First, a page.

But Deneve’s poor sense of orchestral texture and lack of the humility required of any accompanist allowed him to nearly overshadow Shaham’s sensitive playing in the Concerto’s intimate second movement. Deneve would do well to listen to Ormandy’s collaborations with soloists. He was simply the best of them all.
“Maslenitsa” — the title refers to the festival that precedes the Russian Orthodox Great Lent — is an appealing pastiche of Russian masters such as Rachmaninoff and early Stravinsky as well as hints of Gershwin and Poulenc. Deneve elicited some solid if not particularly imaginative playing from all sections of the Orchestra.
After intermission, he led a pedestrian reading of one of the standard repertoire’s most sensuous scores, Debussy’s “Prelude to the Afternoon of a Faun,” and then failed to make a convincing case for Scriabin’s “Poem of Ecstasy” entering that standard repertoire.
Music director Yannick Nezet-Seguin returns to the Orchestra’s podium Nov. 9 to11 to conduct Bach’s Violin Concerto No. 2 with concertmaster David Kim as soloist and Bruckner’s Eighth Symphony. Visit www.philorch.org.
Juanjo Mena, with a little help from conducting fellow Carlos Agreda, led the Curtis Symphony Orchestra Sunday afternoon, Oct. 29, and reminded one and all in attendance that Philadelphia has two world-class symphony orchestras. In a program consisting of John Adams’ delightful “Short Ride on a Fast Machine” (led by Agreda), Richard Strauss’ cinematic “Don Quixote” and Hector Berlioz’ still-modern-sounding “Symphonie Fantastique,” Mena conducted his young charges with strict control and interpretive integrity. Each of the three scores showed the Curtis Symphony to be composed of brilliant virtuosi on the cusp of professional careers.
Although both the Adams and the Strauss received sterling renditions, the latter with cellist Oliver Herbert and violist Hae Sue Lee as exemplary soloists, it was in the Berlioz that Mena and the Curtis Symphony came into their own. And well they should have done so in this groundbreaking masterpiece. Premiered in 1830, it was the first truly programmatic symphony of the romantic era and a direct and equal successor of Beethoven’s “Pastoral” Symphony No. 6.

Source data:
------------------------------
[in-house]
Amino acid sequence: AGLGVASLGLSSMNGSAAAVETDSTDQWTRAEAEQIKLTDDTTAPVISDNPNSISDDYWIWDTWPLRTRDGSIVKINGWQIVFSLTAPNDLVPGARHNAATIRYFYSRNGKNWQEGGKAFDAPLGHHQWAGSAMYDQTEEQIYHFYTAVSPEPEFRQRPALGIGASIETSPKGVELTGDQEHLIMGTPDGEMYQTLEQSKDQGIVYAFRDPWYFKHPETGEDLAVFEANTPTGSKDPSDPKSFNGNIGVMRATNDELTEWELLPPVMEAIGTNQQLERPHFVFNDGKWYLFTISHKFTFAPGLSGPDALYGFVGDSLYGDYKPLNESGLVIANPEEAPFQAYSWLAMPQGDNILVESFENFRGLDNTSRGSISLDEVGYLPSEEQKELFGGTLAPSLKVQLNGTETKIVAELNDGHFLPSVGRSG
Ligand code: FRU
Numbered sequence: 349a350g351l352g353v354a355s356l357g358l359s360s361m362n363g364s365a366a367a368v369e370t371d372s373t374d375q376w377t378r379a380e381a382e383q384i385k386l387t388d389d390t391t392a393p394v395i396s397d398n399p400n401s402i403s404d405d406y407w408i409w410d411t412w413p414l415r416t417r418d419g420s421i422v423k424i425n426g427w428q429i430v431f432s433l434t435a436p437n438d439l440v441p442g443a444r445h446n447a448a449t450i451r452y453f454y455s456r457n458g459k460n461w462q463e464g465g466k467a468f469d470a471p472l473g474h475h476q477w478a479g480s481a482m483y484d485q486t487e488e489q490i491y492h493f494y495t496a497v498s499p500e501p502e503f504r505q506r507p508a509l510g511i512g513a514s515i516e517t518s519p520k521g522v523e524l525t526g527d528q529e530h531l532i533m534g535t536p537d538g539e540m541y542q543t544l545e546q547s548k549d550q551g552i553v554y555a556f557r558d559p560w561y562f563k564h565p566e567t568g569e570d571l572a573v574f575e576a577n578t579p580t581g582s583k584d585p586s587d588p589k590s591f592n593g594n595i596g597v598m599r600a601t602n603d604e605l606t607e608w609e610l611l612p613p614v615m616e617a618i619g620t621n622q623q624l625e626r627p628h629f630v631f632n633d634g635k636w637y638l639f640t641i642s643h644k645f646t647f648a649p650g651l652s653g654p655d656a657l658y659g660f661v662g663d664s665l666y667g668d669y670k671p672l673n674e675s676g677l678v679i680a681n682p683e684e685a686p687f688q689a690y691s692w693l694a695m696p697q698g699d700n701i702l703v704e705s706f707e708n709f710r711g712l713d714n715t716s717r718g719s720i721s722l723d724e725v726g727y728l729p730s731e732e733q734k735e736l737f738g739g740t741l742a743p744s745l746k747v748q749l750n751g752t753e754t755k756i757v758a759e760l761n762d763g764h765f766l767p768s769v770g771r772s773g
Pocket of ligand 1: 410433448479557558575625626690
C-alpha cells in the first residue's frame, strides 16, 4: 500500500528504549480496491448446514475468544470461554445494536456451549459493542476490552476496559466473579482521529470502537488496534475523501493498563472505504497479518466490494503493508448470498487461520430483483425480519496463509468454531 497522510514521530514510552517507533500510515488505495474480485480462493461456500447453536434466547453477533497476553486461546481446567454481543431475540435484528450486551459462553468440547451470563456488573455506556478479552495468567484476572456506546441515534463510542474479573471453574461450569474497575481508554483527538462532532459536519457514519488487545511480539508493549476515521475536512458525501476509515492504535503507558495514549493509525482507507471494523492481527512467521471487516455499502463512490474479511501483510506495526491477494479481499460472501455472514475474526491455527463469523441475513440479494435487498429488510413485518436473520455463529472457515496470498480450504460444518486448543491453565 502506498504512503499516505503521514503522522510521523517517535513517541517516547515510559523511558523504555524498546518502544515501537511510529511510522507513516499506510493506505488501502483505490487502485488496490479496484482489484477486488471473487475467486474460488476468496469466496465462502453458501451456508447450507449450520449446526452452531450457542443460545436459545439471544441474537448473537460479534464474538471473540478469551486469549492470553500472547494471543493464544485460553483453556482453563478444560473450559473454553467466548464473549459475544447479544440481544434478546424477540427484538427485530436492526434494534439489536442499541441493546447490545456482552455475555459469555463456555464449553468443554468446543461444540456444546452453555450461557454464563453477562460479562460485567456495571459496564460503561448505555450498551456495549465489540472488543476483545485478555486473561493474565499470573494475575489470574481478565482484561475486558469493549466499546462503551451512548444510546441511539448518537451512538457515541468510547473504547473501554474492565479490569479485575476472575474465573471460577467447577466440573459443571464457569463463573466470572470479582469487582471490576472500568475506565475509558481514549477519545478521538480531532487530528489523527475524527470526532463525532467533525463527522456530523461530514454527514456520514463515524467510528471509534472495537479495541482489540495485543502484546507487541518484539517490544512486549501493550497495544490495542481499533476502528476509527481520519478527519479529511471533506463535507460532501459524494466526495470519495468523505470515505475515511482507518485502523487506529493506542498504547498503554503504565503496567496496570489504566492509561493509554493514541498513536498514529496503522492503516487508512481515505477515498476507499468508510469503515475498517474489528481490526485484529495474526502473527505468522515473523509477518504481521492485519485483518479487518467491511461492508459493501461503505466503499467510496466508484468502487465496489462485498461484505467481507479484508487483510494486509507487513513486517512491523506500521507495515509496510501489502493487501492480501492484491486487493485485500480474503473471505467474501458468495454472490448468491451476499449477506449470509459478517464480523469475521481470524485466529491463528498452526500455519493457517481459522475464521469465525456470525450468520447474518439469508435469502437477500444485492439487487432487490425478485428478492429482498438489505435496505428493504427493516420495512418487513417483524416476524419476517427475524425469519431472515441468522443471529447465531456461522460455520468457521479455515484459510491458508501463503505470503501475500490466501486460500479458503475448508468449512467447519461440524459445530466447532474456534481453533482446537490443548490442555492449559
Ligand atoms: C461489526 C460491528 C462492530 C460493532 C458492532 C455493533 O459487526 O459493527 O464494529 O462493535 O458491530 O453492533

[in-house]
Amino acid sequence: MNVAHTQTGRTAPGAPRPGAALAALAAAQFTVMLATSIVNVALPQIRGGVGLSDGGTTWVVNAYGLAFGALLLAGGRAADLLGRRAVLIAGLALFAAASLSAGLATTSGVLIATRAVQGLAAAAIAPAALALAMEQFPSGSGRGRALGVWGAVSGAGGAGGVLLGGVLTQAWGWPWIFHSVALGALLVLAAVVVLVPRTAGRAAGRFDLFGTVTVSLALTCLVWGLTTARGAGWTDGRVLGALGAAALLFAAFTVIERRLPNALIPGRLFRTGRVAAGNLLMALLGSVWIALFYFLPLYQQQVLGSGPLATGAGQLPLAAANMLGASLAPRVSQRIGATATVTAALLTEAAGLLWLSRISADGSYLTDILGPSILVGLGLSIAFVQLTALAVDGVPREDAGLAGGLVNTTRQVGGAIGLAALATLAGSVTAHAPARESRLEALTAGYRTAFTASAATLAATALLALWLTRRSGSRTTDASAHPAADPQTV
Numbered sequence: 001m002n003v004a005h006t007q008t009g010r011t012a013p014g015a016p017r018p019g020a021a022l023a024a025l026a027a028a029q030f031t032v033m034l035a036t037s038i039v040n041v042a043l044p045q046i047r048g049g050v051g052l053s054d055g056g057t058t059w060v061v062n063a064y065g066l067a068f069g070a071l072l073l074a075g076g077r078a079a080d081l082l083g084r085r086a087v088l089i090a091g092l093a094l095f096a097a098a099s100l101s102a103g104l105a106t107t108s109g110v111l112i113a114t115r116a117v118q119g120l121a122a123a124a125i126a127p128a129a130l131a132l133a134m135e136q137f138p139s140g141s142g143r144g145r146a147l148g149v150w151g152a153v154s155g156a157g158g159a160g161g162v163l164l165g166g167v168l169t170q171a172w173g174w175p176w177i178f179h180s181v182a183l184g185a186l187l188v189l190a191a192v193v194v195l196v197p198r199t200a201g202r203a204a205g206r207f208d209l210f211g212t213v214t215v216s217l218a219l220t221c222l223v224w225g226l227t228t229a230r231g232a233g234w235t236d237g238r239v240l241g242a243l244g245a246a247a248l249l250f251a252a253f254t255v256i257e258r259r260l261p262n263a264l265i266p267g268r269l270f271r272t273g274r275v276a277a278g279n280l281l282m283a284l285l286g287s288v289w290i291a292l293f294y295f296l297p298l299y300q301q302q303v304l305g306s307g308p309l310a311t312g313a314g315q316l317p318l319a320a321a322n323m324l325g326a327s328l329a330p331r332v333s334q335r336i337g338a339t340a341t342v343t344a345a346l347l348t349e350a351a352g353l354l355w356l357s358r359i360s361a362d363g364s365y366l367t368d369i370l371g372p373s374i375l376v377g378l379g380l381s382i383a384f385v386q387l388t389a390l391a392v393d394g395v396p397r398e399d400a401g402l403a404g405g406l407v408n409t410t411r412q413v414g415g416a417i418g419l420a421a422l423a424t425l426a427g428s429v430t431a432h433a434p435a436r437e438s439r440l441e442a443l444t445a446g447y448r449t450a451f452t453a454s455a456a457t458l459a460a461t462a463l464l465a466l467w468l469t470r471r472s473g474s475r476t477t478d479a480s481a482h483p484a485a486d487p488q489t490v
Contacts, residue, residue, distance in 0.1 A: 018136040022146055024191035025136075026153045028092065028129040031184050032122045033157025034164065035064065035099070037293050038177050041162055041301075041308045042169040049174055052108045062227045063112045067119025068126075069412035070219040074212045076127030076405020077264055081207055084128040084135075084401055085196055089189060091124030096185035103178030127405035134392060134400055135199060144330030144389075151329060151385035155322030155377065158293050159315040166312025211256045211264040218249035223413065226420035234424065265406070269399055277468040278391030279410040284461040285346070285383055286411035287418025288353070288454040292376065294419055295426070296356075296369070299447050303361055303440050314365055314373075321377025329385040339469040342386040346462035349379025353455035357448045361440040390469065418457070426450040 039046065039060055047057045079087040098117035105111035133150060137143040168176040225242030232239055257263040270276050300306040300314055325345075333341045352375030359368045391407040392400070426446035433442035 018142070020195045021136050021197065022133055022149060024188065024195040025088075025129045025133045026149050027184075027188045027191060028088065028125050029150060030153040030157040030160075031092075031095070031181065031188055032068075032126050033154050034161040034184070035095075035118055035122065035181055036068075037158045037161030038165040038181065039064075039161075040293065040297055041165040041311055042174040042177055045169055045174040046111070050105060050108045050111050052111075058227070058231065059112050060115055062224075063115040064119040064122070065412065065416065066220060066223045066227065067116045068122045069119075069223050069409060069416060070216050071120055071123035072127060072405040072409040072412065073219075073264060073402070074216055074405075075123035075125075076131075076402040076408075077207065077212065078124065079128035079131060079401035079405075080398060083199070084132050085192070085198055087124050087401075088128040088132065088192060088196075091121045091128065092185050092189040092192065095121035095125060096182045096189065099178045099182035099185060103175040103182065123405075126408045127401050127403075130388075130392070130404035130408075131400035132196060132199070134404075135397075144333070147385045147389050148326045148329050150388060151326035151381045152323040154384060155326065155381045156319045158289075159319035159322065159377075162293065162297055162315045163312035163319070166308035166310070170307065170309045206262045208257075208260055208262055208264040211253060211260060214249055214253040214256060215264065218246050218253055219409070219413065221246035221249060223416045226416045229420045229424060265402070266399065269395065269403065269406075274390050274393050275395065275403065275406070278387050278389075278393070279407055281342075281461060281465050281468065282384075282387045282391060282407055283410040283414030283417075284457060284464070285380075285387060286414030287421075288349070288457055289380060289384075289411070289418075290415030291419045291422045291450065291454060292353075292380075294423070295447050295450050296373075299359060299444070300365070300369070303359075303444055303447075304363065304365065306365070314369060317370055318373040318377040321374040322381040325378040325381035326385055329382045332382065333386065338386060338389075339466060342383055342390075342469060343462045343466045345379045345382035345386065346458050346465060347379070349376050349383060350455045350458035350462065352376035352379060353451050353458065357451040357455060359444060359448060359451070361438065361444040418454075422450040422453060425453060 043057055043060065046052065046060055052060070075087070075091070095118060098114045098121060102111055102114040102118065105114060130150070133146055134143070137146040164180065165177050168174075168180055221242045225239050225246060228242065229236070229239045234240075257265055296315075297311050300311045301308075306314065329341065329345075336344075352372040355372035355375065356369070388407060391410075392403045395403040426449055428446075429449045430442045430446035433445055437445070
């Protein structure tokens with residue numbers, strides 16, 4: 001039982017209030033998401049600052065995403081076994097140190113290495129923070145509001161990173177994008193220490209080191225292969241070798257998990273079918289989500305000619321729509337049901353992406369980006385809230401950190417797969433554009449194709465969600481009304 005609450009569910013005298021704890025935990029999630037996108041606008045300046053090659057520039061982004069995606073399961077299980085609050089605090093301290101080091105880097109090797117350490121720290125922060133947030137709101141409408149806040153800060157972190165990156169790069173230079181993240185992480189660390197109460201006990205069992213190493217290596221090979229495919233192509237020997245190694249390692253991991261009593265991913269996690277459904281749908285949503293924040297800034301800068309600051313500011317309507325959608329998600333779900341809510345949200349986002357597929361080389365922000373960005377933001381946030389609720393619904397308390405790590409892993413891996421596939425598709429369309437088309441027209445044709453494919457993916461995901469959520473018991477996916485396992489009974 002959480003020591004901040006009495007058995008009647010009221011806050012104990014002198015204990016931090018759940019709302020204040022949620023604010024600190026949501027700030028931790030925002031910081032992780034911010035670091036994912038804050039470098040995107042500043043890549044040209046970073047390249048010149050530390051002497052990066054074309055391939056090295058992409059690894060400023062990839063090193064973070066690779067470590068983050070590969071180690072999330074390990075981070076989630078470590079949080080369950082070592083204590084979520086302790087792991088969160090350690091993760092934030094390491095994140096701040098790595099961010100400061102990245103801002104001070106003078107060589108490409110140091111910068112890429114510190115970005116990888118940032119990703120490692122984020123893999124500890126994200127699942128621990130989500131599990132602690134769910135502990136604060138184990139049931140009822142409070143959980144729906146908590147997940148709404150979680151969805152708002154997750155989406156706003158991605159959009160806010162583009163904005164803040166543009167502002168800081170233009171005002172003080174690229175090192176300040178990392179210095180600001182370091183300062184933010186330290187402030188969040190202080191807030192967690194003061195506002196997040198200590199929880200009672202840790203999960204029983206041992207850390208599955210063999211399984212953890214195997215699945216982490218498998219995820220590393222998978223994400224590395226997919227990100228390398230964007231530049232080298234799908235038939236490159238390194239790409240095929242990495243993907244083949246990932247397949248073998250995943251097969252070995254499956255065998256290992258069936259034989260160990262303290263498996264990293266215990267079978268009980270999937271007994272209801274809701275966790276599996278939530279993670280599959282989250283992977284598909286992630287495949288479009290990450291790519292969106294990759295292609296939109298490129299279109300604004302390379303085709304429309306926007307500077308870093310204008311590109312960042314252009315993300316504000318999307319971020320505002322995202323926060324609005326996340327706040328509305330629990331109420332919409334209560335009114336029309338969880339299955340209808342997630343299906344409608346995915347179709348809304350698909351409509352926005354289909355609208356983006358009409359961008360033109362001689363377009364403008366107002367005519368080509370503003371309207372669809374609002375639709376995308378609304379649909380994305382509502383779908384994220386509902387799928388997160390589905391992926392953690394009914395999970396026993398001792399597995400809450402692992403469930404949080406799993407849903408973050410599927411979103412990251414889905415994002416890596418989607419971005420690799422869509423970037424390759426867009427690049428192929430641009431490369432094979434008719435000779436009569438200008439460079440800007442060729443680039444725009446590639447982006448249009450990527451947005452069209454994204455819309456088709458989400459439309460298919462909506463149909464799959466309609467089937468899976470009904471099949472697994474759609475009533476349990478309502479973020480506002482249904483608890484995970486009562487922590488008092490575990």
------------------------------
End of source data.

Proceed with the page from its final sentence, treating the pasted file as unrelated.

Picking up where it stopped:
Its five movements conjure up the narrative of the composer’s mad infatuation with Irish actress Harriet Smithson, their subsequent marriage and eventual breakup. Its opium-induced hallucinations are mirrored in sound by Berlioz’ technique of the “idée fixe,” the thematic connecting link between all the movements and a precursor of Wagner’s “leitmotiv.” At first glance, “Symphonie Fantastique” doesn’t sound like a symphony at all, and yet the strength of Berlioz’ inspiration when delineated by a conductor who never loses sight of the forest for the trees is both undeniable and unstoppable.
Juango Mena, chief conductor of the BBC Philharmonic in Manchester, England, is just that sort of maestro. Although not a single coloristic detail of the sprawling score was overlooked or underplayed, neither did Mena allow any such individual byway hinder the players or their audience from continuing on the path of the highway to the work’s culminating nerve-rattling and bone-chilling “Sabbath Night’s Dream.”
Each section of the Curtis Symphony contributed its own special timbre to Berlioz’ exotic palette, yet each made that contribution as an integral part of the entire texture so that one heard a flawlessly modulated kaleidoscope of brilliant tints and ominous shades.
The Curtis Opera Theatre presents Tchaikovsky’s “Eugene Onegin” in the Prince Music Theater Nov. 16-19. Visit www.curtis.edu for more information.